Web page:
Thinking inside the box

31 Mar 2015

New research into the phenomenon of design fixation – allowing prior experience to blind us to new possibilities – may help in the development of new tools and strategies that help to stimulate the creative process without inadvertently limiting it.

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Health-conscious concrete

23 Mar 2015

Roads that self-repair, bridges filled with first-aid bubbles, buildings with arteries… not some futuristic fantasy but a very real possibility with ‘smart’ concrete.

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Spatula to poison darts, Malaysia

Poisons, plants and Palaeolithic hunters

21 Mar 2015

Dozens of common plants are toxic. Archaeologists have long suspected that our Palaeolithic ancestors used plant poisons to make their hunting weapons more lethal.  Now Dr Valentina Borgia has teamed up with a forensic chemist to develop a technique for detecting residues of deadly substances on archaeological objects.

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Music in the tree of life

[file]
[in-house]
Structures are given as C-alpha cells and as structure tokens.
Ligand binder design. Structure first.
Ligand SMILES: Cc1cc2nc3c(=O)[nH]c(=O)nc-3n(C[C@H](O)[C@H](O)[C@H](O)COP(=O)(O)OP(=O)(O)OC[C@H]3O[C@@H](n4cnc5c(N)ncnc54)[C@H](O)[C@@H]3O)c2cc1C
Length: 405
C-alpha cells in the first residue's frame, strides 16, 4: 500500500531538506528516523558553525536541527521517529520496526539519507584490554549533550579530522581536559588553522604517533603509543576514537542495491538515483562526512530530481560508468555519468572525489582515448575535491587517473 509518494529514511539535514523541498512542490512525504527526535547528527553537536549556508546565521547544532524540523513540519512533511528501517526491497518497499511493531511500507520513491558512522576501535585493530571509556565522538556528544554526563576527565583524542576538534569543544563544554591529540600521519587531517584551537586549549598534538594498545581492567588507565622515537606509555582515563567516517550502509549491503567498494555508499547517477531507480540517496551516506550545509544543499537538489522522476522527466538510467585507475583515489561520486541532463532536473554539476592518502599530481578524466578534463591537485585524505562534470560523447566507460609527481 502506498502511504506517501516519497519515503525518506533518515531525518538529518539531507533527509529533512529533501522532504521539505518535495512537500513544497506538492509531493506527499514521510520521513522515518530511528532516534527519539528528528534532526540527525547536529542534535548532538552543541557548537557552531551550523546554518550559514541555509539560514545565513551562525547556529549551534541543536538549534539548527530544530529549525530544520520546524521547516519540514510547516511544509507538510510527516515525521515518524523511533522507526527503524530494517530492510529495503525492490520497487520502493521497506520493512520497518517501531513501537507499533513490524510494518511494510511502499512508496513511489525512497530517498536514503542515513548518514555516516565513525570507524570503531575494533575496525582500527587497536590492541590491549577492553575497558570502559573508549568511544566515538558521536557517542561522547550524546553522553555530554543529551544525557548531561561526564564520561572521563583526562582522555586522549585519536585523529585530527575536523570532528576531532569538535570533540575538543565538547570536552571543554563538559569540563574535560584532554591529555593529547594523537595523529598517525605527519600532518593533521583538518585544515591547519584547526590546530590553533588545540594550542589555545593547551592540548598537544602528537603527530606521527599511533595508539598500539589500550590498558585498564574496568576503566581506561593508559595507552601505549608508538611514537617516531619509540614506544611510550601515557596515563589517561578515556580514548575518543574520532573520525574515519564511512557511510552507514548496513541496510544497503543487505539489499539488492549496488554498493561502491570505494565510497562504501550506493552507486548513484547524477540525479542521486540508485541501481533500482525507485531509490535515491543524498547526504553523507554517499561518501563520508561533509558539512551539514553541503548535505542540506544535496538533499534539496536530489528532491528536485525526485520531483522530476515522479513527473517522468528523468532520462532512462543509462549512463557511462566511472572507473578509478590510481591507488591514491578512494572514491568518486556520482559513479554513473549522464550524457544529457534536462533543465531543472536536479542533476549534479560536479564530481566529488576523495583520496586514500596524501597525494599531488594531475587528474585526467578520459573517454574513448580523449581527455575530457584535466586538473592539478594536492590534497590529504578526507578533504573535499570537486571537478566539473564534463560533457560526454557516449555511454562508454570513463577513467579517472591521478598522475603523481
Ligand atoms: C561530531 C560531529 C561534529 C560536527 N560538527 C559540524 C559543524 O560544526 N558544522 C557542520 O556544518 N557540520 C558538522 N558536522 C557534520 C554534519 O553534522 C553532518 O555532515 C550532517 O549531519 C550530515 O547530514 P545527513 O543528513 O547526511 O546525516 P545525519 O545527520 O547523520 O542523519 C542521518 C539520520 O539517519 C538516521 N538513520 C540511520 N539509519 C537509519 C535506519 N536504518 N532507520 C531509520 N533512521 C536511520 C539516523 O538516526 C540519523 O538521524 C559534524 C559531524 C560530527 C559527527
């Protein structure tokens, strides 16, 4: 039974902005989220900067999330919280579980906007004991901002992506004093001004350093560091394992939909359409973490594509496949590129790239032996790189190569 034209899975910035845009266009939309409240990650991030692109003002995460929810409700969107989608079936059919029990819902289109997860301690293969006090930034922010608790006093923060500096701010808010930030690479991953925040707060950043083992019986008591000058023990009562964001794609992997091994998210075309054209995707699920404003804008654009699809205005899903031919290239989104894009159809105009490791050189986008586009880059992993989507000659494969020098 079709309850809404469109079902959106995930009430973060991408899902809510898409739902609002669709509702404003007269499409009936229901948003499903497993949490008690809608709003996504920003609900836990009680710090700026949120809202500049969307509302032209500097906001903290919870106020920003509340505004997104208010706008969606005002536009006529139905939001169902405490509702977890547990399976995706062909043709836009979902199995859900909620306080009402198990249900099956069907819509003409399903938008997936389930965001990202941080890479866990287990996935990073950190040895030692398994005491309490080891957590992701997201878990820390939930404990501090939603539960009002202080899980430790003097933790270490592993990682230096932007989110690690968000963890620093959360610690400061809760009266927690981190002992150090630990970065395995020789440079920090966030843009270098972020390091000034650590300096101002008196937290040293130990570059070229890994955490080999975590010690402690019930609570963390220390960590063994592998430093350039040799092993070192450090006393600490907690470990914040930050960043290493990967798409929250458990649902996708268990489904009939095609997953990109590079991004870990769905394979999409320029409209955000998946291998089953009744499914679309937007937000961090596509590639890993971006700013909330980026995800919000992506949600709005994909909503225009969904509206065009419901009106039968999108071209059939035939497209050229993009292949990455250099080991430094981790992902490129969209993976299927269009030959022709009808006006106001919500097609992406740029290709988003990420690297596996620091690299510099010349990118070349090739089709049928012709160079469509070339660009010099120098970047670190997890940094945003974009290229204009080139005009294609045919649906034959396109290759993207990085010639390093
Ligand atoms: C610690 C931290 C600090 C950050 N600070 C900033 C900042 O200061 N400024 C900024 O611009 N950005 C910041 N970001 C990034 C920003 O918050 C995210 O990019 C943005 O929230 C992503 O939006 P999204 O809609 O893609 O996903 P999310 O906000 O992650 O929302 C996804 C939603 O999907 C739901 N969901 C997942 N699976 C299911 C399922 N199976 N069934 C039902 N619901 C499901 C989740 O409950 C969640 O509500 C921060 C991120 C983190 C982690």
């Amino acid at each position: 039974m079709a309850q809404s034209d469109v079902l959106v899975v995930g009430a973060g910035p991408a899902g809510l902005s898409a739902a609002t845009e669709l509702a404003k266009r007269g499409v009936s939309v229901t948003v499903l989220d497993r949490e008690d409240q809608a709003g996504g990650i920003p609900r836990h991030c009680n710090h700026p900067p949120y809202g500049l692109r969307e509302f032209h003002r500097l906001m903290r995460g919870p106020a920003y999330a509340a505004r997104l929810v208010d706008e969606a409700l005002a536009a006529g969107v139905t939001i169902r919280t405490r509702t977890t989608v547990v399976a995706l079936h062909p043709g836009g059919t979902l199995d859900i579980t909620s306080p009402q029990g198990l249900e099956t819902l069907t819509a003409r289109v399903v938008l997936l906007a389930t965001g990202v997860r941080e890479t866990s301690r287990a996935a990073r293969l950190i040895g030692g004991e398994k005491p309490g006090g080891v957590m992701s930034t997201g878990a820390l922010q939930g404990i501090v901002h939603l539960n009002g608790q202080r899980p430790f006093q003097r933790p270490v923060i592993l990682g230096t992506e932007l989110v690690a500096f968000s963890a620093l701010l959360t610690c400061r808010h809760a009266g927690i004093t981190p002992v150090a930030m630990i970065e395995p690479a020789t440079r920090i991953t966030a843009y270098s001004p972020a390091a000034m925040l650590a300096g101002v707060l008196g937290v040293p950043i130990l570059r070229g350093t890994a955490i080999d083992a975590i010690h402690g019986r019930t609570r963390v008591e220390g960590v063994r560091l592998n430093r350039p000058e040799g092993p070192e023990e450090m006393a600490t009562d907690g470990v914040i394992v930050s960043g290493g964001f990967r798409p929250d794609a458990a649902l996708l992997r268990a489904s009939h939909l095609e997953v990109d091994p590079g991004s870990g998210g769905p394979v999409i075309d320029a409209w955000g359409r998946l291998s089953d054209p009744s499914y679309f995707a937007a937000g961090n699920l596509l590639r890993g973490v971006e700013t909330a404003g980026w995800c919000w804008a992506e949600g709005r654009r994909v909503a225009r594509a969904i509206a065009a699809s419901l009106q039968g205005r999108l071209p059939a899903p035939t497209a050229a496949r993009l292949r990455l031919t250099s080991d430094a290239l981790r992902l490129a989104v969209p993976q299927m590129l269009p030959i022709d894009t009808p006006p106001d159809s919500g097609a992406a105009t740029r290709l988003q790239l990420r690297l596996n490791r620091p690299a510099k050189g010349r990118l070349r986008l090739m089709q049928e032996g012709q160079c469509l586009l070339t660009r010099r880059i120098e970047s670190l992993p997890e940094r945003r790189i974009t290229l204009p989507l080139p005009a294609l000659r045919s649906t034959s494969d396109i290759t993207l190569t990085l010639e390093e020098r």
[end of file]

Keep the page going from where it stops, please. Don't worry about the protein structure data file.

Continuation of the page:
Music in the tree of life

18 Mar 2015

Modern scientific methods for mapping the evolution of species are being applied to centuries-old hand-copied music, providing new inspiration for how it is performed.

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Families with a difference: the reality behind the hype

12 Mar 2015

Families come in many guises. Some parents are same-sex; others are single by choice. Growing numbers of children are conceived through assistive reproductive technology. What do these developments mean for the parents and children involved? Professor Susan Golombok’s book, Modern Families, examines ‘new family forms’ within a context of four decades of empirical research. 

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On the trail of history’s biggest killers

06 Mar 2015

As well as telling us more about earlier societies, the study of diseases in the past is proving an invaluable tool for modern science, as a new book by the historian of medicine Mary Dobson reveals.

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